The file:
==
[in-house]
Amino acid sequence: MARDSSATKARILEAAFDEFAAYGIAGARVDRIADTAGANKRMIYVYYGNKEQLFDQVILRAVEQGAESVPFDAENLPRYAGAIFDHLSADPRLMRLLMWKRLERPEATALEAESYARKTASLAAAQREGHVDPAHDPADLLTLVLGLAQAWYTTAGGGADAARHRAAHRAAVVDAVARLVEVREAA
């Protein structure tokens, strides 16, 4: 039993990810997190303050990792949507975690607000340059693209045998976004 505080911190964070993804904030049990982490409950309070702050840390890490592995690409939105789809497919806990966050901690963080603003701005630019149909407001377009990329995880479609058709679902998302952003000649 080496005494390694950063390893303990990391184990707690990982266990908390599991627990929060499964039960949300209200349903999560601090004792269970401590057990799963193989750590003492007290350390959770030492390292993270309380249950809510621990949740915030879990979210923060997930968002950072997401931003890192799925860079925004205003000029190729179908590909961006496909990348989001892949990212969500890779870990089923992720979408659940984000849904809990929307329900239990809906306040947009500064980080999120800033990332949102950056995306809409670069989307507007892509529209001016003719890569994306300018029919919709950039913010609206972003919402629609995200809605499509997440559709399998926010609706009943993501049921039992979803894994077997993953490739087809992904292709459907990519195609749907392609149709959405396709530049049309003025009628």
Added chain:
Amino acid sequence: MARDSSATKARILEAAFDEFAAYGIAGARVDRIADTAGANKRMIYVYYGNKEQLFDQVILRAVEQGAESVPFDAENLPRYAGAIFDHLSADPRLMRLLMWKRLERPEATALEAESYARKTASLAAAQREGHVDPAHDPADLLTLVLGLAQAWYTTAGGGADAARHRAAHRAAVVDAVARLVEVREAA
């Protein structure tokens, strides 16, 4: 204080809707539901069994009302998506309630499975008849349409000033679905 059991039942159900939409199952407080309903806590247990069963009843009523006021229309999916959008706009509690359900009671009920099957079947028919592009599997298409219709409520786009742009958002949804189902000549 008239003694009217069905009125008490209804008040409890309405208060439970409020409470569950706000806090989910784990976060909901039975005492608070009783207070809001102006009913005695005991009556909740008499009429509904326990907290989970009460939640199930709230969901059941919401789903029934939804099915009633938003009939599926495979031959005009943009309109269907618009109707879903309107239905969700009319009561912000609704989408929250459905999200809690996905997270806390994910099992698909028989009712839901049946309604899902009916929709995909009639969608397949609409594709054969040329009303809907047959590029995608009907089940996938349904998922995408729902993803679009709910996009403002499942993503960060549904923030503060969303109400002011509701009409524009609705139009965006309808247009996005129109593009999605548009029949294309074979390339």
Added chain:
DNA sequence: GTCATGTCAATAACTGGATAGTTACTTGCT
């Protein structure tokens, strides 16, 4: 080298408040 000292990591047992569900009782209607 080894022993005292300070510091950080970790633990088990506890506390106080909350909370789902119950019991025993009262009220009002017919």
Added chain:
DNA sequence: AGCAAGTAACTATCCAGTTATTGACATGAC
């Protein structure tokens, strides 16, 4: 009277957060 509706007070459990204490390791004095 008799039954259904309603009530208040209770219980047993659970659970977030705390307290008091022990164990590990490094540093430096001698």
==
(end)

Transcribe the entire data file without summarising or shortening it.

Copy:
[in-house]
Amino acid sequence: MARDSSATKARILEAAFDEFAAYGIAGARVDRIADTAGANKRMIYVYYGNKEQLFDQVILRAVEQGAESVPFDAENLPRYAGAIFDHLSADPRLMRLLMWKRLERPEATALEAESYARKTASLAAAQREGHVDPAHDPADLLTLVLGLAQAWYTTAGGGADAARHRAAHRAAVVDAVARLVEVREAA
């Protein structure tokens, strides 16, 4: 039993990810997190303050990792949507975690607000340059693209045998976004 505080911190964070993804904030049990982490409950309070702050840390890490592995690409939105789809497919806990966050901690963080603003701005630019149909407001377009990329995880479609058709679902998302952003000649 080496005494390694950063390893303990990391184990707690990982266990908390599991627990929060499964039960949300209200349903999560601090004792269970401590057990799963193989750590003492007290350390959770030492390292993270309380249950809510621990949740915030879990979210923060997930968002950072997401931003890192799925860079925004205003000029190729179908590909961006496909990348989001892949990212969500890779870990089923992720979408659940984000849904809990929307329900239990809906306040947009500064980080999120800033990332949102950056995306809409670069989307507007892509529209001016003719890569994306300018029919919709950039913010609206972003919402629609995200809605499509997440559709399998926010609706009943993501049921039992979803894994077997993953490739087809992904292709459907990519195609749907392609149709959405396709530049049309003025009628």
Added chain:
Amino acid sequence: MARDSSATKARILEAAFDEFAAYGIAGARVDRIADTAGANKRMIYVYYGNKEQLFDQVILRAVEQGAESVPFDAENLPRYAGAIFDHLSADPRLMRLLMWKRLERPEATALEAESYARKTASLAAAQREGHVDPAHDPADLLTLVLGLAQAWYTTAGGGADAARHRAAHRAAVVDAVARLVEVREAA
């Protein structure tokens, strides 16, 4: 204080809707539901069994009302998506309630499975008849349409000033679905 059991039942159900939409199952407080309903806590247990069963009843009523006021229309999916959008706009509690359900009671009920099957079947028919592009599997298409219709409520786009742009958002949804189902000549 008239003694009217069905009125008490209804008040409890309405208060439970409020409470569950706000806090989910784990976060909901039975005492608070009783207070809001102006009913005695005991009556909740008499009429509904326990907290989970009460939640199930709230969901059941919401789903029934939804099915009633938003009939599926495979031959005009943009309109269907618009109707879903309107239905969700009319009561912000609704989408929250459905999200809690996905997270806390994910099992698909028989009712839901049946309604899902009916929709995909009639969608397949609409594709054969040329009303809907047959590029995608009907089940996938349904998922995408729902993803679009709910996009403002499942993503960060549904923030503060969303109400002011509701009409524009609705139009965006309808247009996005129109593009999605548009029949294309074979390339």
Added chain:
DNA sequence: GTCATGTCAATAACTGGATAGTTACTTGCT
């Protein structure tokens, strides 16, 4: 080298408040 000292990591047992569900009782209607 080894022993005292300070510091950080970790633990088990506890506390106080909350909370789902119950019991025993009262009220009002017919």
Added chain:
DNA sequence: AGCAAGTAACTATCCAGTTATTGACATGAC
């Protein structure tokens, strides 16, 4: 009277957060 509706007070459990204490390791004095 008799039954259904309603009530208040209770219980047993659970659970977030705390307290008091022990164990590990490094540093430096001698």